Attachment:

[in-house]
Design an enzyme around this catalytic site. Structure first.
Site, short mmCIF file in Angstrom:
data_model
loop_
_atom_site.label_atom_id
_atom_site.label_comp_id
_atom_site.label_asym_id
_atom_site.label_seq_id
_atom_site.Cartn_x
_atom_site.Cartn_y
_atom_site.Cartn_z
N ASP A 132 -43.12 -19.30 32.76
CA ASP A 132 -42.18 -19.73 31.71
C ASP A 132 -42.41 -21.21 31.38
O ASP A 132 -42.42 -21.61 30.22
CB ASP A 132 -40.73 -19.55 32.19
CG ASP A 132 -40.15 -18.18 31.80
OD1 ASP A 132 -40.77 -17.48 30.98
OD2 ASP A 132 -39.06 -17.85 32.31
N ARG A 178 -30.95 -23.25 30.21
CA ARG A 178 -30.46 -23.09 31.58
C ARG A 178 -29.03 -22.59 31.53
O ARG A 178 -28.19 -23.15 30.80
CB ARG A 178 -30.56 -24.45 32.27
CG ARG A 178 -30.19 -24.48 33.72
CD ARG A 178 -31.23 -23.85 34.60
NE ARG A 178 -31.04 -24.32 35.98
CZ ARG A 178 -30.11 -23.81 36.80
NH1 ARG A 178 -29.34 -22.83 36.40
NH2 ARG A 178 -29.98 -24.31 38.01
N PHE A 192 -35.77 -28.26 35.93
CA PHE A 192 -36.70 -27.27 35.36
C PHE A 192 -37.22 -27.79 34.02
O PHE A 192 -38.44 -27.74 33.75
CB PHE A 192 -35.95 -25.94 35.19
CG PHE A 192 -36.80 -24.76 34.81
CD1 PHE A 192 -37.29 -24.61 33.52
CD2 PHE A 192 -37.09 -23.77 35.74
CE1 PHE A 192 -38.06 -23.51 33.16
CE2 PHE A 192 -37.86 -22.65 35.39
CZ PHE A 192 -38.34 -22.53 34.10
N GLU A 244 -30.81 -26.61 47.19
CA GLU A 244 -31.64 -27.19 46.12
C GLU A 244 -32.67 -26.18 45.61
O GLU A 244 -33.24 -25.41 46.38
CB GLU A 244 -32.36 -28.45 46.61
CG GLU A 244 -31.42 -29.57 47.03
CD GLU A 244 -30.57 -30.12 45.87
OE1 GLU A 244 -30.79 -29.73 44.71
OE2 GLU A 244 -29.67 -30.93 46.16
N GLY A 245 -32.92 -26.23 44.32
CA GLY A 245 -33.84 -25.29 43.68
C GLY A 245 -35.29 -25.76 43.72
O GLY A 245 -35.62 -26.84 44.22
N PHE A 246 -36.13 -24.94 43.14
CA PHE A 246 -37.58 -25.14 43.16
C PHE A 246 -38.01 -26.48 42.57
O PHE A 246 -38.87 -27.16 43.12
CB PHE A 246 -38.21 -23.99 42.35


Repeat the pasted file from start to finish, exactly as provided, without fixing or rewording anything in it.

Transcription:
[in-house]
Design an enzyme around this catalytic site. Structure first.
Site, short mmCIF file in Angstrom:
data_model
loop_
_atom_site.label_atom_id
_atom_site.label_comp_id
_atom_site.label_asym_id
_atom_site.label_seq_id
_atom_site.Cartn_x
_atom_site.Cartn_y
_atom_site.Cartn_z
N ASP A 132 -43.12 -19.30 32.76
CA ASP A 132 -42.18 -19.73 31.71
C ASP A 132 -42.41 -21.21 31.38
O ASP A 132 -42.42 -21.61 30.22
CB ASP A 132 -40.73 -19.55 32.19
CG ASP A 132 -40.15 -18.18 31.80
OD1 ASP A 132 -40.77 -17.48 30.98
OD2 ASP A 132 -39.06 -17.85 32.31
N ARG A 178 -30.95 -23.25 30.21
CA ARG A 178 -30.46 -23.09 31.58
C ARG A 178 -29.03 -22.59 31.53
O ARG A 178 -28.19 -23.15 30.80
CB ARG A 178 -30.56 -24.45 32.27
CG ARG A 178 -30.19 -24.48 33.72
CD ARG A 178 -31.23 -23.85 34.60
NE ARG A 178 -31.04 -24.32 35.98
CZ ARG A 178 -30.11 -23.81 36.80
NH1 ARG A 178 -29.34 -22.83 36.40
NH2 ARG A 178 -29.98 -24.31 38.01
N PHE A 192 -35.77 -28.26 35.93
CA PHE A 192 -36.70 -27.27 35.36
C PHE A 192 -37.22 -27.79 34.02
O PHE A 192 -38.44 -27.74 33.75
CB PHE A 192 -35.95 -25.94 35.19
CG PHE A 192 -36.80 -24.76 34.81
CD1 PHE A 192 -37.29 -24.61 33.52
CD2 PHE A 192 -37.09 -23.77 35.74
CE1 PHE A 192 -38.06 -23.51 33.16
CE2 PHE A 192 -37.86 -22.65 35.39
CZ PHE A 192 -38.34 -22.53 34.10
N GLU A 244 -30.81 -26.61 47.19
CA GLU A 244 -31.64 -27.19 46.12
C GLU A 244 -32.67 -26.18 45.61
O GLU A 244 -33.24 -25.41 46.38
CB GLU A 244 -32.36 -28.45 46.61
CG GLU A 244 -31.42 -29.57 47.03
CD GLU A 244 -30.57 -30.12 45.87
OE1 GLU A 244 -30.79 -29.73 44.71
OE2 GLU A 244 -29.67 -30.93 46.16
N GLY A 245 -32.92 -26.23 44.32
CA GLY A 245 -33.84 -25.29 43.68
C GLY A 245 -35.29 -25.76 43.72
O GLY A 245 -35.62 -26.84 44.22
N PHE A 246 -36.13 -24.94 43.14
CA PHE A 246 -37.58 -25.14 43.16
C PHE A 246 -38.01 -26.48 42.57
O PHE A 246 -38.87 -27.16 43.12
CB PHE A 246 -38.21 -23.99 42.35